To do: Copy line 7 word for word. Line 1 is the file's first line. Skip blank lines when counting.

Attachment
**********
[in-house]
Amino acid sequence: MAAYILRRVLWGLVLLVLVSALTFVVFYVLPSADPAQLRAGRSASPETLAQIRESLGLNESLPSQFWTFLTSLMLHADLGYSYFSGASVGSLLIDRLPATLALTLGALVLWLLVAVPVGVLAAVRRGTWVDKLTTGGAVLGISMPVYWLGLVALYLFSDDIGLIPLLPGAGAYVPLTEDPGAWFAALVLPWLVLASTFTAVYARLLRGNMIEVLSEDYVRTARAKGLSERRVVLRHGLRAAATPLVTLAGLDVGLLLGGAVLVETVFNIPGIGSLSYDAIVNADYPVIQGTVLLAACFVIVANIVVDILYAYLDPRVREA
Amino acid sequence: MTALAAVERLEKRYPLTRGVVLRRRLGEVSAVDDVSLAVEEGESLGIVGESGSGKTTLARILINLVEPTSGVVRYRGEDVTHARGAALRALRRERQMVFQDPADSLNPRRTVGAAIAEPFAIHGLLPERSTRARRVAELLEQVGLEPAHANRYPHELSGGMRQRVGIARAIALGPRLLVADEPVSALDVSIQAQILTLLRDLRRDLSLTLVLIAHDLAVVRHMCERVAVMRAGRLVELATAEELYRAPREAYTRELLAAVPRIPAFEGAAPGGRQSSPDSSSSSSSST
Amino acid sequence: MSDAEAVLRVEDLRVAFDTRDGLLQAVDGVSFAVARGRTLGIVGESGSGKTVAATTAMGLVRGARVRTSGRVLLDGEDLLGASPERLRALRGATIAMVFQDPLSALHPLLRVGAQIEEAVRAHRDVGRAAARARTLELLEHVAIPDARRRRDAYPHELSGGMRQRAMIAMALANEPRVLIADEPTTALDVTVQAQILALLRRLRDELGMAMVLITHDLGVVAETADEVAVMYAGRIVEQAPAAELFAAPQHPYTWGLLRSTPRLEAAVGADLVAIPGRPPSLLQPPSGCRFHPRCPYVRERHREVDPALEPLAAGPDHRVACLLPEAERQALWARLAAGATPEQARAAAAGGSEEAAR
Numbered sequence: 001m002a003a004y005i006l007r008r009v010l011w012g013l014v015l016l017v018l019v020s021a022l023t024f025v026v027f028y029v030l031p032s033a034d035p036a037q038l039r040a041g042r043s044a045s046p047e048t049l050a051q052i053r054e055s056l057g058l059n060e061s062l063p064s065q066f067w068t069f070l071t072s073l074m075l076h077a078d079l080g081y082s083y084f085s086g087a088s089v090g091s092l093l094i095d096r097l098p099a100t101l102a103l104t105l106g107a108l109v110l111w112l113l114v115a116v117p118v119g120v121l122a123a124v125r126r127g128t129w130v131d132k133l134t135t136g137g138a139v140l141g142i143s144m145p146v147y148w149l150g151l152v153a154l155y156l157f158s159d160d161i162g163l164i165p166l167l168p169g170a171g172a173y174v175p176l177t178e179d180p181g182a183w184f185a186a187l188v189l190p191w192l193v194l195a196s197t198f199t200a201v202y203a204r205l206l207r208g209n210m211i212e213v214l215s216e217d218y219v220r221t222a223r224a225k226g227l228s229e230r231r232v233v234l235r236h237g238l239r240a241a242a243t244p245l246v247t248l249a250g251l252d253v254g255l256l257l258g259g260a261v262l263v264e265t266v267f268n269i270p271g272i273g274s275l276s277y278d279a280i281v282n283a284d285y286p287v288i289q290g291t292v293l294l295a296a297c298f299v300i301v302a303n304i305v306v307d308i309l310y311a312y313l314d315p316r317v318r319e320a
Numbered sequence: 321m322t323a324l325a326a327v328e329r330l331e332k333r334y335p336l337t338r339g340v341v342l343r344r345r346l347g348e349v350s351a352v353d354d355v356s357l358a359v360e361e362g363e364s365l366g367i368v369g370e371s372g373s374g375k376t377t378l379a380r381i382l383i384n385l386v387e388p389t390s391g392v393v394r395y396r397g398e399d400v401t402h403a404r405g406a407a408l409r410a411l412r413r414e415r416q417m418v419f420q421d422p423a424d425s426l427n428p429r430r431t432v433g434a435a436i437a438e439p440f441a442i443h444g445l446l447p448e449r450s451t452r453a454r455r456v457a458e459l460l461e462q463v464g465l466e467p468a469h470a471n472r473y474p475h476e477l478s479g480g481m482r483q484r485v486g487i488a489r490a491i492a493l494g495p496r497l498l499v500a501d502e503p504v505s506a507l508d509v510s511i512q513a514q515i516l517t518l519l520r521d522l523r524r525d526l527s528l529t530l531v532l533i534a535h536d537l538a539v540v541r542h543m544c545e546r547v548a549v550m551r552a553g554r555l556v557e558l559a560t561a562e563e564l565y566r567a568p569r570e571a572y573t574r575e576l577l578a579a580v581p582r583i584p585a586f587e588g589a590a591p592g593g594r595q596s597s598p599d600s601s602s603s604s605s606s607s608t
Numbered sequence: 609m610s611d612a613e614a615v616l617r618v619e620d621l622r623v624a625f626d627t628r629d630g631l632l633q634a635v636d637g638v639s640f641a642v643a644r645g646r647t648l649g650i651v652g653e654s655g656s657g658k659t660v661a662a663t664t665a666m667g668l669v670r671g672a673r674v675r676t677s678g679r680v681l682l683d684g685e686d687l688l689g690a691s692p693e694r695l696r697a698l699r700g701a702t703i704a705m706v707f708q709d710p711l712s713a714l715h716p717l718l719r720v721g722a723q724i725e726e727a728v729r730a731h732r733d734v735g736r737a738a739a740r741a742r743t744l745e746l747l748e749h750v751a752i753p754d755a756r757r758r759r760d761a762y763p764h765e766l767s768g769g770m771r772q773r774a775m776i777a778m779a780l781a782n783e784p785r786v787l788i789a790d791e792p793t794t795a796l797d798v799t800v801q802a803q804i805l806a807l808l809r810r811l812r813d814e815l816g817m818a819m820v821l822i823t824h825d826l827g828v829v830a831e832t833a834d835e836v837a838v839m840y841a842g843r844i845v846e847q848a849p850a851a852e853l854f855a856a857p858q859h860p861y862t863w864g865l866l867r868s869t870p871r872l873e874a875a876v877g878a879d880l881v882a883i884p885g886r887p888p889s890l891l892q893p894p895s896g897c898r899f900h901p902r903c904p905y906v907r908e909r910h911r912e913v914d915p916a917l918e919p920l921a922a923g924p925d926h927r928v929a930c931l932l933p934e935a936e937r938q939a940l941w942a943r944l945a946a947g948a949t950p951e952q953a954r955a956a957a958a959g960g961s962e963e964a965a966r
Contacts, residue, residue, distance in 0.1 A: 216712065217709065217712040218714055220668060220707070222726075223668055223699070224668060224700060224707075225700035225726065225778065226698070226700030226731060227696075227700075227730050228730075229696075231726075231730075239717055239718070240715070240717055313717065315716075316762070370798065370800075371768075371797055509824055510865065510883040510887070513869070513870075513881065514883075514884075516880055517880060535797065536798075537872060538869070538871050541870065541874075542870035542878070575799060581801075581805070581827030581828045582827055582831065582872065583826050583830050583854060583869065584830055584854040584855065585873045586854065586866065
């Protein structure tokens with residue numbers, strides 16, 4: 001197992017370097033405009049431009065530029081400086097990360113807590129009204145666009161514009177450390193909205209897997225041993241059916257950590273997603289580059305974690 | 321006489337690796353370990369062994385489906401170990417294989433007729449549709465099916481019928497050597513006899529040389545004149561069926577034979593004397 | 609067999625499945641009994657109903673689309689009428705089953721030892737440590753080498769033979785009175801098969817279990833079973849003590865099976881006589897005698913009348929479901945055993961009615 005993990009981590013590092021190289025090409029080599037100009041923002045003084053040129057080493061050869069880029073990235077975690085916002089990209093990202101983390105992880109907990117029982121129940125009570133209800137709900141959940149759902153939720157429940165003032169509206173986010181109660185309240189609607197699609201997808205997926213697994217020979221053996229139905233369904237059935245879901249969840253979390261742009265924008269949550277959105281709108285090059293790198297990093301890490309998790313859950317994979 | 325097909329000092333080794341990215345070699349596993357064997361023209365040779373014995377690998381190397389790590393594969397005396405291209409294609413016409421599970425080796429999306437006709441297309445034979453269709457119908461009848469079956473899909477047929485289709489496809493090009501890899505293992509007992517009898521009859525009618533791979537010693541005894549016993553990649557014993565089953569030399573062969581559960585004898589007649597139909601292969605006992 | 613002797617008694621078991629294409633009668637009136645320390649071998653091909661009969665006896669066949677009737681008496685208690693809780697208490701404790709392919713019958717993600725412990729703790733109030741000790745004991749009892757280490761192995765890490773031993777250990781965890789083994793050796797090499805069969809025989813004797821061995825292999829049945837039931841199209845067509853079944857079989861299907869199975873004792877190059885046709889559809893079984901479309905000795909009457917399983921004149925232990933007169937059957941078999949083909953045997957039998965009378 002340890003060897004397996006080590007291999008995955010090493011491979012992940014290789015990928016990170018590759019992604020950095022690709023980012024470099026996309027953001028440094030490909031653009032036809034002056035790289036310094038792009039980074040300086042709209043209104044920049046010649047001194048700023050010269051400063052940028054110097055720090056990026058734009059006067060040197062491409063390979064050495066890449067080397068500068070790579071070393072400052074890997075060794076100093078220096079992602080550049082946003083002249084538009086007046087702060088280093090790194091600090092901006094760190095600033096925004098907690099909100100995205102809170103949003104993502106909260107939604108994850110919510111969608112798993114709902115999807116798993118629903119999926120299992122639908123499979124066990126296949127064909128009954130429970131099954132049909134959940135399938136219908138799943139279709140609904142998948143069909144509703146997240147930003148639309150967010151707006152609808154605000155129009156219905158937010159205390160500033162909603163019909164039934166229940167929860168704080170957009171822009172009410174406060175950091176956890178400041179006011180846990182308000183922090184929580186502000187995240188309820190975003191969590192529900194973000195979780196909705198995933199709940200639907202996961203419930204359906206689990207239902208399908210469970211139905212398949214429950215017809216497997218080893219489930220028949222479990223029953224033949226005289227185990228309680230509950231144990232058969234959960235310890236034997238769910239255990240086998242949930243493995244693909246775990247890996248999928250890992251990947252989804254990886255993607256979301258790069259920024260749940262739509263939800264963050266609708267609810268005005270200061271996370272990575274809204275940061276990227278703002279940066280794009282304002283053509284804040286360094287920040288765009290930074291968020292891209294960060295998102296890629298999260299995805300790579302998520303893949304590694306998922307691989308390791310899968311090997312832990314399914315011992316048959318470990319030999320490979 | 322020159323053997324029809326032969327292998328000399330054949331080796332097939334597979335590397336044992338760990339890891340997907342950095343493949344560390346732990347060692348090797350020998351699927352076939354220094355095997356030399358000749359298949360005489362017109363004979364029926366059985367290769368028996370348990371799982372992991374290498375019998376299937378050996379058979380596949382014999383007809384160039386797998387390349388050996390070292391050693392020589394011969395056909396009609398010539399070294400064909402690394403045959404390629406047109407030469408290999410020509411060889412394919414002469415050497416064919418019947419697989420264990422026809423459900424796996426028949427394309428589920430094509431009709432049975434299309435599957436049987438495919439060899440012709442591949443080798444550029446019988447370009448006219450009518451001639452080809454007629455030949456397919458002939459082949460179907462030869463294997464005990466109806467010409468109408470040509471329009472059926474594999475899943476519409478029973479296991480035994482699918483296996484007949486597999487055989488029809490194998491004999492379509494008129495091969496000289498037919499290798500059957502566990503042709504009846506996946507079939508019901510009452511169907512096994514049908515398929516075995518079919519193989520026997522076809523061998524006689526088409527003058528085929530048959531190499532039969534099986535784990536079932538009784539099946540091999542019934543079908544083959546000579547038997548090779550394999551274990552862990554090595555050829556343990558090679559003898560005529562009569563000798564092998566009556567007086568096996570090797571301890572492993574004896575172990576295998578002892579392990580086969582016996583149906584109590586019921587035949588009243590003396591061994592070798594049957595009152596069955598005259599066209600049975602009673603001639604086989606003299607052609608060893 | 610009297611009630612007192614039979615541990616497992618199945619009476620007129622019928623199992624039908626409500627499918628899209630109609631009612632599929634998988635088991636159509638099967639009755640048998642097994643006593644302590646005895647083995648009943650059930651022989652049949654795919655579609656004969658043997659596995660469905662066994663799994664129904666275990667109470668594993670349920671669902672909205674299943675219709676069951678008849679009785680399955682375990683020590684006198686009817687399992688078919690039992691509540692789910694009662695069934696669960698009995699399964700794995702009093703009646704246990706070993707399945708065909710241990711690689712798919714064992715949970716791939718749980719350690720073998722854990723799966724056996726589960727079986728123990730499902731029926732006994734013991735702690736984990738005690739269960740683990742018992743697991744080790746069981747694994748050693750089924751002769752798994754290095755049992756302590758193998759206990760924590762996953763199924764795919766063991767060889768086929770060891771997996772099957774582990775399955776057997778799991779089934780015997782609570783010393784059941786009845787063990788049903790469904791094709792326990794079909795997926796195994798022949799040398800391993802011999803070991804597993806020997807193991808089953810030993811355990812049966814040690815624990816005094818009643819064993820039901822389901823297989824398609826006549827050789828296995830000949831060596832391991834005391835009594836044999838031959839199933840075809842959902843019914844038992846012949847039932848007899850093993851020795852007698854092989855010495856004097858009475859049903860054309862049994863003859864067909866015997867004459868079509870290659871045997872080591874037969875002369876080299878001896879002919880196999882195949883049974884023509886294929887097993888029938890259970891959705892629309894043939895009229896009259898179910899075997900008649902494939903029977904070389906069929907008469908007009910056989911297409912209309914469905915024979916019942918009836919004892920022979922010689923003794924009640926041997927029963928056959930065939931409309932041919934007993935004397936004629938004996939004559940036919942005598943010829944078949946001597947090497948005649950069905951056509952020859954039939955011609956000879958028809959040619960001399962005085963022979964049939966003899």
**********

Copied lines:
Numbered sequence: 609m610s611d612a613e614a615v616l617r618v619e620d621l622r623v624a625f626d627t628r629d630g631l632l633q634a635v636d637g638v639s640f641a642v643a644r645g646r647t648l649g650i651v652g653e654s655g656s657g658k659t660v661a662a663t664t665a666m667g668l669v670r671g672a673r674v675r676t677s678g679r680v681l682l683d684g685e686d687l688l689g690a691s692p693e694r695l696r697a698l699r700g701a702t703i704a705m706v707f708q709d710p711l712s713a714l715h716p717l718l719r720v721g722a723q724i725e726e727a728v729r730a731h732r733d734v735g736r737a738a739a740r741a742r743t744l745e746l747l748e749h750v751a752i753p754d755a756r757r758r759r760d761a762y763p764h765e766l767s768g769g770m771r772q773r774a775m776i777a778m779a780l781a782n783e784p785r786v787l788i789a790d791e792p793t794t795a796l797d798v799t800v801q802a803q804i805l806a807l808l809r810r811l812r813d814e815l816g817m818a819m820v821l822i823t824h825d826l827g828v829v830a831e832t833a834d835e836v837a838v839m840y841a842g843r844i845v846e847q848a849p850a851a852e853l854f855a856a857p858q859h860p861y862t863w864g865l866l867r868s869t870p871r872l873e874a875a876v877g878a879d880l881v882a883i884p885g886r887p888p889s890l891l892q893p894p895s896g897c898r899f900h901p902r903c904p905y906v907r908e909r910h911r912e913v914d915p916a917l918e919p920l921a922a923g924p925d926h927r928v929a930c931l932l933p934e935a936e937r938q939a940l941w942a943r944l945a946a947g948a949t950p951e952q953a954r955a956a957a958a959g960g961s962e963e964a965a966r